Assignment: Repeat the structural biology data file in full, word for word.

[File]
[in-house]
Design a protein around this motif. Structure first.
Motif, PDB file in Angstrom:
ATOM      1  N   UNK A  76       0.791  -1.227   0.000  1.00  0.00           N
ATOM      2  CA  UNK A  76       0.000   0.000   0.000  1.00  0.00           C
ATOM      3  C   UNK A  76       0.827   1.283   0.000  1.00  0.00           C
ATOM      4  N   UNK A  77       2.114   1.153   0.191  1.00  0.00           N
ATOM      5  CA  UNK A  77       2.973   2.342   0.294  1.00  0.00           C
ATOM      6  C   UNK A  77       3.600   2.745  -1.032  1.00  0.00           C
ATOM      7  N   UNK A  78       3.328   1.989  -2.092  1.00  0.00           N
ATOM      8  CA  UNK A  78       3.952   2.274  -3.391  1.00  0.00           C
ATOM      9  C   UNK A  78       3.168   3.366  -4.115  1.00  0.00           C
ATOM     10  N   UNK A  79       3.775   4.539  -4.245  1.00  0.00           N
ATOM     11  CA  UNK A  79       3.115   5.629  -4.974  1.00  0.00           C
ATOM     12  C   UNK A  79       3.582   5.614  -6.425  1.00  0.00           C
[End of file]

[in-house]
Design a protein around this motif. Structure first.
Motif, PDB file in Angstrom:
ATOM      1  N   UNK A  76       0.791  -1.227   0.000  1.00  0.00           N
ATOM      2  CA  UNK A  76       0.000   0.000   0.000  1.00  0.00           C
ATOM      3  C   UNK A  76       0.827   1.283   0.000  1.00  0.00           C
ATOM      4  N   UNK A  77       2.114   1.153   0.191  1.00  0.00           N
ATOM      5  CA  UNK A  77       2.973   2.342   0.294  1.00  0.00           C
ATOM      6  C   UNK A  77       3.600   2.745  -1.032  1.00  0.00           C
ATOM      7  N   UNK A  78       3.328   1.989  -2.092  1.00  0.00           N
ATOM      8  CA  UNK A  78       3.952   2.274  -3.391  1.00  0.00           C
ATOM      9  C   UNK A  78       3.168   3.366  -4.115  1.00  0.00           C
ATOM     10  N   UNK A  79       3.775   4.539  -4.245  1.00  0.00           N
ATOM     11  CA  UNK A  79       3.115   5.629  -4.974  1.00  0.00           C
ATOM     12  C   UNK A  79       3.582   5.614  -6.425  1.00  0.00           C